The above story is based on materials provided by Public Library of Science. Note: Materials may be edited for content and length.


Journal Reference:

  1. Edwards et al. The evolution of the DLK1-DIO3 imprinted domain in mammals. PLoS Biology, 2008; 6 (6): e135 DOI: 10.1371/journal.pbio.0060135

Cite This Page:

Public Library of Science. "Evolution Of An Imprinted Domain In Mammals." ScienceDaily. ScienceDaily, 3 June 2008. <www.sciencedaily.com/releases/2008/06/080602214249.htm>.
Public Library of Science. (2008, June 3). Evolution Of An Imprinted Domain In Mammals. ScienceDaily. Retrieved September 17, 2014 from www.sciencedaily.com/releases/2008/06/080602214249.htm
Public Library of Science. "Evolution Of An Imprinted Domain In Mammals." ScienceDaily. www.sciencedaily.com/releases/2008/06/080602214249.htm (accessed September 17, 2014).

Share This



More Fossils & Ruins News

Wednesday, September 17, 2014

Featured Research

from universities, journals, and other organizations


Featured Videos

from AP, Reuters, AFP, and other news services

Egypt Denies Claims Oldest Pyramid Damaged in Restoration

Egypt Denies Claims Oldest Pyramid Damaged in Restoration

AFP (Sep. 17, 2014) Egypt's antiquities minister denied Tuesday claims that the Djoser pyramid, the country's first, had been damaged during restoration work by a company accused of being unqualified to do such work. Duration: 00:56 Video provided by AFP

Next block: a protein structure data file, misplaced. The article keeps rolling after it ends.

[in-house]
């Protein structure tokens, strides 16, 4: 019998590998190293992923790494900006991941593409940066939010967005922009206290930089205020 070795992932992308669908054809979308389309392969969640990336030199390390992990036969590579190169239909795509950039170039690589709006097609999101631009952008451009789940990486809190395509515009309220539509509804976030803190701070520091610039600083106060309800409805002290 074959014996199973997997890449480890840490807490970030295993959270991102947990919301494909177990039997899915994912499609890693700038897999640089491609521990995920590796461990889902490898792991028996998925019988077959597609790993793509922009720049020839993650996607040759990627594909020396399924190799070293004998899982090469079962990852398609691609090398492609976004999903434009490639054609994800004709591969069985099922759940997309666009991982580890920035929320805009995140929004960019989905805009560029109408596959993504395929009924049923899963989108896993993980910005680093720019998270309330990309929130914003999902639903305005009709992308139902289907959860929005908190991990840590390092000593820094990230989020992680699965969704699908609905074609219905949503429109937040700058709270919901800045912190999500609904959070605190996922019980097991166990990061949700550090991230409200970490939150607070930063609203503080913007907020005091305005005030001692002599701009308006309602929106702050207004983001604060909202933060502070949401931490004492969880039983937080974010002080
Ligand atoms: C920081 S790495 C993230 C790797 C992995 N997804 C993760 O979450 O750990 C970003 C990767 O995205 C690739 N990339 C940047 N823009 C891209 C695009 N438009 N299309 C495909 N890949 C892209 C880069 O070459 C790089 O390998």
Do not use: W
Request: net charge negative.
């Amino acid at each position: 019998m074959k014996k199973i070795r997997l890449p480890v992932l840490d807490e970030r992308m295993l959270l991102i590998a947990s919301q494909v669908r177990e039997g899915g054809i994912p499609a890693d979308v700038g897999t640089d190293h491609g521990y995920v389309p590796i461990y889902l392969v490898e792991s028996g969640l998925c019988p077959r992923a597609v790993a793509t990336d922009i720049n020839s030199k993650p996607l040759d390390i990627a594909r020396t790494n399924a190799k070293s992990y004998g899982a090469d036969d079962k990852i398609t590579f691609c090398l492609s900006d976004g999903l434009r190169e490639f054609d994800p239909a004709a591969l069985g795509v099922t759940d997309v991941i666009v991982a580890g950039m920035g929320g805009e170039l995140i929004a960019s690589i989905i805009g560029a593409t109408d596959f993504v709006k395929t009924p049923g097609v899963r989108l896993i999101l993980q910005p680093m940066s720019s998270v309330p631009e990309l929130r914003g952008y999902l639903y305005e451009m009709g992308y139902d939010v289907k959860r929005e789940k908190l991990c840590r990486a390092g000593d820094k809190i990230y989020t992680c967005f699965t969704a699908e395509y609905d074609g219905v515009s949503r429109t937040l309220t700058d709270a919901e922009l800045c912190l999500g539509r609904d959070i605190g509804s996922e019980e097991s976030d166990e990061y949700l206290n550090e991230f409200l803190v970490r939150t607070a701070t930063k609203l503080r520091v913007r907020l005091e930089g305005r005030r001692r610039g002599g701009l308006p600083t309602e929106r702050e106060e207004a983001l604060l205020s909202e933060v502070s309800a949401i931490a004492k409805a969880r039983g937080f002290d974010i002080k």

Powered by NewsLook.com
King Richard III's Painful Cause Of Death Revealed

King Richard III's Painful Cause Of Death Revealed

Newsy (Sep. 17, 2014) King Richard III died in the Battle of Bosworth in 1485, and now researchers examining his skull think they know how. Video provided by Newsy
Powered by NewsLook.com
Researchers Explore Shipwrecks Off Calif. Coast

Researchers Explore Shipwrecks Off Calif. Coast

AP (Sep. 16, 2014) Federal researchers are exploring more than a dozen underwater sites where they believe ships sank in the treacherous waters west of San Francisco in the decades following the Gold Rush. (Sept. 16) Video provided by AP
Powered by NewsLook.com
Museum Traces Fragments of Star-Spangled Banner

Museum Traces Fragments of Star-Spangled Banner

AP (Sep. 12, 2014) As the Star-Spangled Banner celebrates its bicentennial, Smithsonian curators are still uncovering fragments of the original flag that inspired Francis Scott Key's poem. (Sept. 12) Video provided by AP
Powered by NewsLook.com

Search ScienceDaily

Number of stories in archives: 140,361

Find with keyword(s):
Enter a keyword or phrase to search ScienceDaily for related topics and research stories.

Save/Print:
Share:

Breaking News:
from the past week

In Other News

... from NewsDaily.com

Science News

Health News

Environment News

Technology News



Save/Print:
Share:

Free Subscriptions


Get the latest science news with ScienceDaily's free email newsletters, updated daily and weekly. Or view hourly updated newsfeeds in your RSS reader:

Get Social & Mobile


Keep up to date with the latest news from ScienceDaily via social networks and mobile apps:

Have Feedback?


Tell us what you think of ScienceDaily -- we welcome both positive and negative comments. Have any problems using the site? Questions?
Mobile: iPhone Android Web
Follow: Facebook Twitter Google+
Subscribe: RSS Feeds Email Newsletters
Latest Headlines Health & Medicine Mind & Brain Space & Time Matter & Energy Computers & Math Plants & Animals Earth & Climate Fossils & Ruins